Dr. Andrew Weil, a prominent proponent of wholistic integrative medicine, observes that cannabis helps us embrace the world with greater self-acceptance and inner peace. The Beckley Foundation of Great Britain has documented that a deeper inner contemplation into the psychological and emotional aspects of life are added benefits of thoughtful, reflective cannabis use. The Foundation has researched the therapeutic potential of cannabinoids (CBD) as well as the positive connection between cannabis and creativity. The Foundation is creating an international network of philosophical thinkers who believe that this psycho-spirit medicine can change the world through a change of human consciousness. Possibly more peace, acceptance and joy will result – in other words, by improving human consciousness, improved mental health of the entire society may be a desired outcome.
Dr. Sunil K. Aggarwal a physician, medical geographer, and co-founder of the Advanced Integrative Medical Science (AIMS) Institute in Seattle in 2013 published in the medical journal Frontiers in Psychiatry. He describes a collection of plants, fungi, and animal secretions that people have cultivated since prehistory, and carried around the world, because of their usefulness for human health and survival, whether as food, medicine, clothing, or other vital supplies from honey and grains to caffeine. They include plants and fungi that humans have administered for millennia to treat some of our worst sicknesses and pain, of both body and mind. According to Dr. Aggarwal, one forbidden species stands out as our biggest loss, and for likely being the single most useful plant that humans have ever gotten to know—and which may even have helped us become “more human”: cannabis.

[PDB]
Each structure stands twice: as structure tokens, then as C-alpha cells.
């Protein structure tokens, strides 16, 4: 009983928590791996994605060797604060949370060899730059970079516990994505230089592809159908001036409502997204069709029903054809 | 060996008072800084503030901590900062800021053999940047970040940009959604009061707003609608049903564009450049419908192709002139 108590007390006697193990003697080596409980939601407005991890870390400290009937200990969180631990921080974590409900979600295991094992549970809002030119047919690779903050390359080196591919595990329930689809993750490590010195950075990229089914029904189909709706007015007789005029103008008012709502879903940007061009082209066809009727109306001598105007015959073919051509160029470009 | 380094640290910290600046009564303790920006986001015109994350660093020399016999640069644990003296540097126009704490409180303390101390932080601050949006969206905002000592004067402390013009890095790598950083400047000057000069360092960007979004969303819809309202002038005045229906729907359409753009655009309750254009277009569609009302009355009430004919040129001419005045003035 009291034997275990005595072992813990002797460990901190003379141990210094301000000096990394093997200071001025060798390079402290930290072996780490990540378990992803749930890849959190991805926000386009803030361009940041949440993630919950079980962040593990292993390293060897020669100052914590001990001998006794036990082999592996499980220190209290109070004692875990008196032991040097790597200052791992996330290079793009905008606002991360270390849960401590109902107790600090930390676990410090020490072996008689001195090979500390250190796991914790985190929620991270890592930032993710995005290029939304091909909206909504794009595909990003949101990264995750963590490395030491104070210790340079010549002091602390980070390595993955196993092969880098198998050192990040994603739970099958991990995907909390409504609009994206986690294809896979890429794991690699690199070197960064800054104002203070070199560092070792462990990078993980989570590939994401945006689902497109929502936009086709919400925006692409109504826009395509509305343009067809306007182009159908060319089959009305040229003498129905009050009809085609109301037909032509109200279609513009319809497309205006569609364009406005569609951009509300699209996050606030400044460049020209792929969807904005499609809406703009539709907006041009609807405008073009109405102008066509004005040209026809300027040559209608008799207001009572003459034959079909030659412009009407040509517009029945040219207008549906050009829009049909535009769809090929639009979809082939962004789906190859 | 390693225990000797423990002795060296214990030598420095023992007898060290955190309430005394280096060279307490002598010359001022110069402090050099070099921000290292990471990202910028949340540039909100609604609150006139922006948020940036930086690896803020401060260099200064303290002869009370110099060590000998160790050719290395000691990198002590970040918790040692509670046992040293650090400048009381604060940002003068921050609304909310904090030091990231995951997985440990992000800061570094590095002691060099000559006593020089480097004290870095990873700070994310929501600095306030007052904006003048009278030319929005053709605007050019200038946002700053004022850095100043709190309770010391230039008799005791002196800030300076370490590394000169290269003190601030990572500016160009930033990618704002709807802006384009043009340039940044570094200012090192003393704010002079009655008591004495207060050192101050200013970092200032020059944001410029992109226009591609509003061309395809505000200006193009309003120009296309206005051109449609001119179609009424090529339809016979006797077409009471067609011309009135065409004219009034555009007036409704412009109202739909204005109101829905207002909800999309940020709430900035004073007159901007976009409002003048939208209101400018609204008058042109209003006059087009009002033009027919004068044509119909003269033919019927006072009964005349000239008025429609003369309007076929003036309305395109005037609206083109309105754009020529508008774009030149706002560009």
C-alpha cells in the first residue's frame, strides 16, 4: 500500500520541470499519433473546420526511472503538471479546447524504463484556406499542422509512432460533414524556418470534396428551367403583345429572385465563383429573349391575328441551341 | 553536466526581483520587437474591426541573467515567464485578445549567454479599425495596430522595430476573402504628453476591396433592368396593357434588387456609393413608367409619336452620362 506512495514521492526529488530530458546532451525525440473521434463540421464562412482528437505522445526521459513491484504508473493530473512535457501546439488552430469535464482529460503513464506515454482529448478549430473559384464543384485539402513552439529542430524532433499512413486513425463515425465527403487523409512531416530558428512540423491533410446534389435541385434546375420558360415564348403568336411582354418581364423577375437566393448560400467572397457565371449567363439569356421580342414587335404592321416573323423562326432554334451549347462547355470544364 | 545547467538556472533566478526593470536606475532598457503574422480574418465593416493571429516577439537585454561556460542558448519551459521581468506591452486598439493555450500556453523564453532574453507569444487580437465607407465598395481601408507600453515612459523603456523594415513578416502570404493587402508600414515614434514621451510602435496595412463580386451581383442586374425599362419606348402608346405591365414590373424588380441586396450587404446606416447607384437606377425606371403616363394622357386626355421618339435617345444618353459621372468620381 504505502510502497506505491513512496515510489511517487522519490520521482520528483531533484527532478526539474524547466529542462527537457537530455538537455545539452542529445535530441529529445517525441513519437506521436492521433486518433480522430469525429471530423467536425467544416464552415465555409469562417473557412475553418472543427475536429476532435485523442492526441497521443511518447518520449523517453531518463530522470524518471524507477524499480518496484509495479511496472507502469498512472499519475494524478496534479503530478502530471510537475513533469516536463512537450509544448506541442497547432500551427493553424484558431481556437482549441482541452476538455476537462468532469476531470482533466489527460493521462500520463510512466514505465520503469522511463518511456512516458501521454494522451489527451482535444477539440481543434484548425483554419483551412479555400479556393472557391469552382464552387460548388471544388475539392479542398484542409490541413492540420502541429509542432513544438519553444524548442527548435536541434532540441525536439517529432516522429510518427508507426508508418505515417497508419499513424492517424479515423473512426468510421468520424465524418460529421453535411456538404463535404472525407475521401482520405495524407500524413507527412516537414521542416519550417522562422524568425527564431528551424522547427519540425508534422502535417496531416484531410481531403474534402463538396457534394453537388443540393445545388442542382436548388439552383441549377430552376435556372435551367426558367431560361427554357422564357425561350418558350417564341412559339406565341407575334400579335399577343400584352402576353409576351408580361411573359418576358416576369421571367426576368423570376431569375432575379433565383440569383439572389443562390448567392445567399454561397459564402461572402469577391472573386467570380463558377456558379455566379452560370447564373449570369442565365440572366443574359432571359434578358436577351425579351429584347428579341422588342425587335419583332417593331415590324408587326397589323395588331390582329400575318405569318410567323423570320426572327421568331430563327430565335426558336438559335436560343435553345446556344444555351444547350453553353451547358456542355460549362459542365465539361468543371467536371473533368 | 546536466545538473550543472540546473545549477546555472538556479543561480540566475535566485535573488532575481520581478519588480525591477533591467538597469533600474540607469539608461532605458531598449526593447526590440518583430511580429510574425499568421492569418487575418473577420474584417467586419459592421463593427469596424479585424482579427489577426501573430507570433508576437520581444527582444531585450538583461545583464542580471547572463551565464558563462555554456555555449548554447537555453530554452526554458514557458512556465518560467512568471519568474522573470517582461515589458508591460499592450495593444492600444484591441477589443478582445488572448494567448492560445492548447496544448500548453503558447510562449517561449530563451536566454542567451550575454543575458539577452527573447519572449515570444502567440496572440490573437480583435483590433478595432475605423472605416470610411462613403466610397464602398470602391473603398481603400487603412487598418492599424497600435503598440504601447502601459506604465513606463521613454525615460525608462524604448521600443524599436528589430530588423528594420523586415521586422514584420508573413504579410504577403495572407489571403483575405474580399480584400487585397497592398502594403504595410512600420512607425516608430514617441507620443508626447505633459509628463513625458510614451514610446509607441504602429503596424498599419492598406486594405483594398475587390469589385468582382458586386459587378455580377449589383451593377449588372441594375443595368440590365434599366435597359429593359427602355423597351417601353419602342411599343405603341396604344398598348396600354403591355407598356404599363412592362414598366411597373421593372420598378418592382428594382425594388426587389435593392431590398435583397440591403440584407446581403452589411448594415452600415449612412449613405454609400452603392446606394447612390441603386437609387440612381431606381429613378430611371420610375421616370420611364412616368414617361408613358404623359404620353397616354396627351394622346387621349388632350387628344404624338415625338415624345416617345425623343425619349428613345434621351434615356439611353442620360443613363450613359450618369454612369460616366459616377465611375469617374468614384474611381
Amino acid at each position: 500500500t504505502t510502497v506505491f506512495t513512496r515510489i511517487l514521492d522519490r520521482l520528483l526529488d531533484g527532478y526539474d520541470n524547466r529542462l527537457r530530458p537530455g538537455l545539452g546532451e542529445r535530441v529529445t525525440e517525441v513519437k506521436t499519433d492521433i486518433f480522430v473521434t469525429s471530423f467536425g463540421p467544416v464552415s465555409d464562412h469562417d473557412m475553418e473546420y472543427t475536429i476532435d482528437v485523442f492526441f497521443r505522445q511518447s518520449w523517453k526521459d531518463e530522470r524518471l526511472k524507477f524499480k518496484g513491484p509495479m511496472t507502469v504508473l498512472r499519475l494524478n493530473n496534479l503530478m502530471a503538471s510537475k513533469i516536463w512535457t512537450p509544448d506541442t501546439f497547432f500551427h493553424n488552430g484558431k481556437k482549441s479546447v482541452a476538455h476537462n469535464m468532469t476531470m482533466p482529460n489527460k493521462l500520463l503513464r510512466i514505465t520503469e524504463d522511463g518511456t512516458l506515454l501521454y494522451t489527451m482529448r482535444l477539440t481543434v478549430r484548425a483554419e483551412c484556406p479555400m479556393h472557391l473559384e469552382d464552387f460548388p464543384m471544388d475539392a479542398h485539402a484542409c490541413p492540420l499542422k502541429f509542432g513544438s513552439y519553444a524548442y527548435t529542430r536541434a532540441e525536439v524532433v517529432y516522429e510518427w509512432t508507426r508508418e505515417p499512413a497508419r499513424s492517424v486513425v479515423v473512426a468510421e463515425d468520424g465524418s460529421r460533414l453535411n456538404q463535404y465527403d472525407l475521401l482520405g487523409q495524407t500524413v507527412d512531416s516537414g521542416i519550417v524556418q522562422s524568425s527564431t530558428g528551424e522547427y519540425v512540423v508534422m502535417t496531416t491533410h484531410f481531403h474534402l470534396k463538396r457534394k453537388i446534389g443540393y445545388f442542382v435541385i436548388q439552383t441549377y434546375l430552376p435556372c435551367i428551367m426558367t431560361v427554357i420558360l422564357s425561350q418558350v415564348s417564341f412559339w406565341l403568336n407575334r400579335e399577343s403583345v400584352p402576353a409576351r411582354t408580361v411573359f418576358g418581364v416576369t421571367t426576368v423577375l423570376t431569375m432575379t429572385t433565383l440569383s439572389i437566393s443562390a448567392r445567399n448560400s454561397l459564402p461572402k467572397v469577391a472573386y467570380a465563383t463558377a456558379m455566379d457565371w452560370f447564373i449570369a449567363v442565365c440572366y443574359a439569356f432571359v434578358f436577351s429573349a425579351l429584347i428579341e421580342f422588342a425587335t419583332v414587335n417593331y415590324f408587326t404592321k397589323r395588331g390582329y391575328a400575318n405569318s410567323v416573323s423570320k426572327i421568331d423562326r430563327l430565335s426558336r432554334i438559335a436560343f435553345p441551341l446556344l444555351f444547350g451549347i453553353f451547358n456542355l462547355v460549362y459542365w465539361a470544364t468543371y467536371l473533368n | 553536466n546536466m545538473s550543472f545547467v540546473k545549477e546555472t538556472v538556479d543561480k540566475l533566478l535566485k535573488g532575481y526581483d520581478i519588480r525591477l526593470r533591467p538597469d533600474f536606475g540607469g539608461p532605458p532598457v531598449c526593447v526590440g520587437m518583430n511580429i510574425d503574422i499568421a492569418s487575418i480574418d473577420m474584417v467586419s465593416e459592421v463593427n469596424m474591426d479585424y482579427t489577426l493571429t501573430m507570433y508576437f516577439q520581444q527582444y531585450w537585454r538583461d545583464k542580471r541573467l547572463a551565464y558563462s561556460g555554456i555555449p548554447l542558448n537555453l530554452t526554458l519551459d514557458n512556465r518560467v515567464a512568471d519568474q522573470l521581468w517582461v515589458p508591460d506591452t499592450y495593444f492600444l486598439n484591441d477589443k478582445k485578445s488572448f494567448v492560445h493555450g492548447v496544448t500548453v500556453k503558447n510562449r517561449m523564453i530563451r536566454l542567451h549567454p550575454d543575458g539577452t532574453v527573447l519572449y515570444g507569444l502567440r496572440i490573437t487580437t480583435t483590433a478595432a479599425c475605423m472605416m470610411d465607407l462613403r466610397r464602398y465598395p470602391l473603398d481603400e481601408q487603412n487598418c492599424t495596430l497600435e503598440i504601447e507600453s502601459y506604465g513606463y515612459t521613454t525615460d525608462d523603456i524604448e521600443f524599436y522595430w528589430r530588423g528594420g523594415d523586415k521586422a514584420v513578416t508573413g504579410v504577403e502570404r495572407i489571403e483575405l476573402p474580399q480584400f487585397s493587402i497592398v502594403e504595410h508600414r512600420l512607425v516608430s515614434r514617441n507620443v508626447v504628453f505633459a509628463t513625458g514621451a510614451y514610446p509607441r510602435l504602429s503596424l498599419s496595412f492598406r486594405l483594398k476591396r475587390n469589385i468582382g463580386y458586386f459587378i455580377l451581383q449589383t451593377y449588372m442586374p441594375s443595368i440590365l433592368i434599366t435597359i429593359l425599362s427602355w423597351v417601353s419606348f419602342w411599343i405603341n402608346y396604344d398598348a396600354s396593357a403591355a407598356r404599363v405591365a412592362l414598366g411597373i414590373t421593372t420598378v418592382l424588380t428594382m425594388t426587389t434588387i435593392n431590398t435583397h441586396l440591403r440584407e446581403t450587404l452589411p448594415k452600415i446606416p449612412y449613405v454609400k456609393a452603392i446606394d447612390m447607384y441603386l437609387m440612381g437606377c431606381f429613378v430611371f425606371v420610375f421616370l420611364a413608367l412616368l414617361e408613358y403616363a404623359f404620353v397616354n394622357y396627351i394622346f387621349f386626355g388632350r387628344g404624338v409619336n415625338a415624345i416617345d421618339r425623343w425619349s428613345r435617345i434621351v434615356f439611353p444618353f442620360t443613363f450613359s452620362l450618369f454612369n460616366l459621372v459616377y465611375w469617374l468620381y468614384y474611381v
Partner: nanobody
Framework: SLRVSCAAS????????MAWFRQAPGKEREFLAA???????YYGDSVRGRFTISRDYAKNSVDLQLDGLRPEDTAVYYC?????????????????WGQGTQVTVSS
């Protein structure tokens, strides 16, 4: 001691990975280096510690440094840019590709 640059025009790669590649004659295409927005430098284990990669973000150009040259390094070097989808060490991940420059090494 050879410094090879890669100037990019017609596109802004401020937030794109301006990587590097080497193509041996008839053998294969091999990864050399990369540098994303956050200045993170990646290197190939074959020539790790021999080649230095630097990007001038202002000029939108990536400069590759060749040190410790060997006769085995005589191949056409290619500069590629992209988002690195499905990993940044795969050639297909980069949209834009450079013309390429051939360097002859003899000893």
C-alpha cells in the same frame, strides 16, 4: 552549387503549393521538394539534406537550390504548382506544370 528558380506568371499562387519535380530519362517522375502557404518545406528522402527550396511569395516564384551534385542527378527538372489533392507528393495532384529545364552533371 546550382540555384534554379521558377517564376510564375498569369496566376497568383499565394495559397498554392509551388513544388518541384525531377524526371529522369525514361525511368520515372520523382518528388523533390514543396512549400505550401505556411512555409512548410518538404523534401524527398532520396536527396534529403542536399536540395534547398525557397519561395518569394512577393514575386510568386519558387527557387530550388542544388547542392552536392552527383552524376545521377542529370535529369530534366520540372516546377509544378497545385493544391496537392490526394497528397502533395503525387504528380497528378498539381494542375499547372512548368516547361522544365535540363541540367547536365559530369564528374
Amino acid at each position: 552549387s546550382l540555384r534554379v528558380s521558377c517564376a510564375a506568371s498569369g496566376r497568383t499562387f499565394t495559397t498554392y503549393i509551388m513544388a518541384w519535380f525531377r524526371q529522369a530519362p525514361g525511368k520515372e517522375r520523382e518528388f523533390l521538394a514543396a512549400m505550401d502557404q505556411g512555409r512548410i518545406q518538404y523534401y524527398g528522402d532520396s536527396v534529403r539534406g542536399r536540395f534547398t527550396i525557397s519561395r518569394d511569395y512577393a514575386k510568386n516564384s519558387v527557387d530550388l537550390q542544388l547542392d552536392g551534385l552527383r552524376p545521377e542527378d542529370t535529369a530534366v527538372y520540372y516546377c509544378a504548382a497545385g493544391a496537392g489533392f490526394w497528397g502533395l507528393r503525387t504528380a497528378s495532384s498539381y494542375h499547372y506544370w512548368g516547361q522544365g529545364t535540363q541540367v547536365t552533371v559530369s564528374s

I have presented workshops on empowerment and self- realization as part of the life journey and believe cannabis is a spiritual medicine which can be very helpful in completing our healing on the psychological and emotional level: peace of mind for self and society. Conscious users may encounter their inner wisdom and heartfulness which allow them to discover fully their creativity and intuition.
Look around your town and consider joining the local drug reform group and the wider criminal justice reform coalition. A good starting point is NORML.org (National Organization for the Reform of Marijuana Laws), the organization that represents consumers and has been in existence since the 1970s with chapters in most states. NORML has been active in the effort to legalize in the states and at the federal level. Currently it is advocating a change in national banking laws – because cannabis is not legal federally, all transactions must be done in cash, leading to complications and extra hardship for business owners. Also, IRS guidelines on income generated by cannabis means business owners cannot deduct legitimate business expenses when calculating federal taxes owed.
For those who want more soul in their life cannabis can open the doors of perception to universal connectedness. Perhaps it can lead to more human unity and a consciousness evolution which will change the current paradigm of fear to one of love and joy. Cannabis can help on the unique journey to self-acceptance, self-forgiveness and an open heart toward all of life. That has been the experience for me.